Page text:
many  killed  in  the  retreat. 

Te-cum-seh  was  slain  in  his  forty-fourth  year,  and  of  the  many 
Indian  chiefs  who  distinguished  themselves  in  the  wars  of  the 
whites,  he  was  undoubtedly  the  greatest  since  the  days  of  Pontiac.f 
In  early  life  he  was  addicted  to  inebriety,  the  prevailing  vice  of  the 
Indians,  but  his  good  sense  and  resolution  conquered  the  habit, 
and,  in  his  later  years,  he  was  remarkable  for  temperance.  Glory 
became  his  ruling  passion,  and  in  its  acquisition  he  was  careless  of 
wealth,  as,  although  his  presents  and  booty  must  have  been  of  con- 
siderable value,  he  preserved  little  or  nothing  for  himself.  In 
height  he  was  five  feet  ten  inches,  well  formed,  and  capable  of 
enduring  fatigue  in  an  extraordinary  degree.  His  carriage  was 
erec^  and  commanding,  and  there  was  an  air  of  hauteur  in  his 
countenance,  arising  from  an  elevated  pride  of  soul,  which  did  not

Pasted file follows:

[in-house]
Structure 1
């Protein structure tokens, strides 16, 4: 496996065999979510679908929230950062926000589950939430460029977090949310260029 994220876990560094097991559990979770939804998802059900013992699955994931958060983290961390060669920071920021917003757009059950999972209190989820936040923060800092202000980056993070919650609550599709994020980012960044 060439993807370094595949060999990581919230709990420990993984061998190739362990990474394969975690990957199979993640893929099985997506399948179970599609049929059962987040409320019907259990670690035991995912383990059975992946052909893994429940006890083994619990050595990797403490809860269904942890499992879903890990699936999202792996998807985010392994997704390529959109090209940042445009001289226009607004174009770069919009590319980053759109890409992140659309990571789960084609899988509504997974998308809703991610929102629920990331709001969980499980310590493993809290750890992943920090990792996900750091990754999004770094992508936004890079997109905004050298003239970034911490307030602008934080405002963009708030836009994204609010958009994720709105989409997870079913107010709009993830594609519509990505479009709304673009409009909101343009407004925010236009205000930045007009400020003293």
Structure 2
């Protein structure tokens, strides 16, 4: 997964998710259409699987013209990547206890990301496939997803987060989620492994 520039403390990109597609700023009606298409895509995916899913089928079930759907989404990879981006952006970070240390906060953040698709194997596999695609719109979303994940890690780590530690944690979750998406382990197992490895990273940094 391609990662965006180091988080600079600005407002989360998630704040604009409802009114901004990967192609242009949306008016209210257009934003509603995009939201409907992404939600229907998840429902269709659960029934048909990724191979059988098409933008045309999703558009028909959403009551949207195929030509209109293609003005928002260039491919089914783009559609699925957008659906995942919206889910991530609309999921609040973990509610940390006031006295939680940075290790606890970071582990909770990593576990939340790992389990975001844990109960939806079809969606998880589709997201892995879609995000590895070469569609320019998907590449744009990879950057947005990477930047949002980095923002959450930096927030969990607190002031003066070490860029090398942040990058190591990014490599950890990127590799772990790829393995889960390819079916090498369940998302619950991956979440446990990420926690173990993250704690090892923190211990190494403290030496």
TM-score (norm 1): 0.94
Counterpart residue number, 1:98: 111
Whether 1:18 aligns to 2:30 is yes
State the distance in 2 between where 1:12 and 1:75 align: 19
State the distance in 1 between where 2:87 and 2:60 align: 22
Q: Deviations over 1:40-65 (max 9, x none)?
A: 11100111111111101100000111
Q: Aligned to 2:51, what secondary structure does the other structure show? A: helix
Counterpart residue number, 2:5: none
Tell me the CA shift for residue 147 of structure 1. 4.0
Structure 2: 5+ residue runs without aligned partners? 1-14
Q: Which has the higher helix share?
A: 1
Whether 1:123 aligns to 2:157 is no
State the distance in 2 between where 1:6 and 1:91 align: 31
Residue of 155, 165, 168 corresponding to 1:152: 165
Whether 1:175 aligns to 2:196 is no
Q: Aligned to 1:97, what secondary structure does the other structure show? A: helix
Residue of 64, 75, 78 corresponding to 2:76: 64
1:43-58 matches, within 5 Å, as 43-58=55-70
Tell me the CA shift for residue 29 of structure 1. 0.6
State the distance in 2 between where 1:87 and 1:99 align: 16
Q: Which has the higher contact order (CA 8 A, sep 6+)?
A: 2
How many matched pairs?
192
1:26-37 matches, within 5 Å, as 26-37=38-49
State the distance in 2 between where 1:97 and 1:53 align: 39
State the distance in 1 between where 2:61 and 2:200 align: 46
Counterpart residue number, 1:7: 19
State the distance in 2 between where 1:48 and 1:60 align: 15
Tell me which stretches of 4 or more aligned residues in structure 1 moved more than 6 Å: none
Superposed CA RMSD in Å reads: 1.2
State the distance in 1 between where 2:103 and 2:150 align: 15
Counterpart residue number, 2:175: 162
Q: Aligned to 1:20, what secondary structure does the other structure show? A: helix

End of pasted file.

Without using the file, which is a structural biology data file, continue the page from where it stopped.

forsake  it  when  life  was  extinct.  He  was  habitually  taciturn,  but 
when  excited,  his  eloquence  was  nervous,  concise,  and  figurative,  as 
will  be  seen  by  the  subjoined  specimens,  suffering  as  they  do  under 
all  the  disadvantages  of  translation.  His  dress  was  plain,  and  he 
was  never  known  to  indulge  in  the  gaudy  decoration  of  his  person, 
which  is  the  common  practice  of  the  Indians.  On  the  day  of  his 
death,  he  wore  a  dressed  deer  skin  coat  and  pantaloons.  He  was 
present  in  almost  every  action  against  the  Americans,  from  the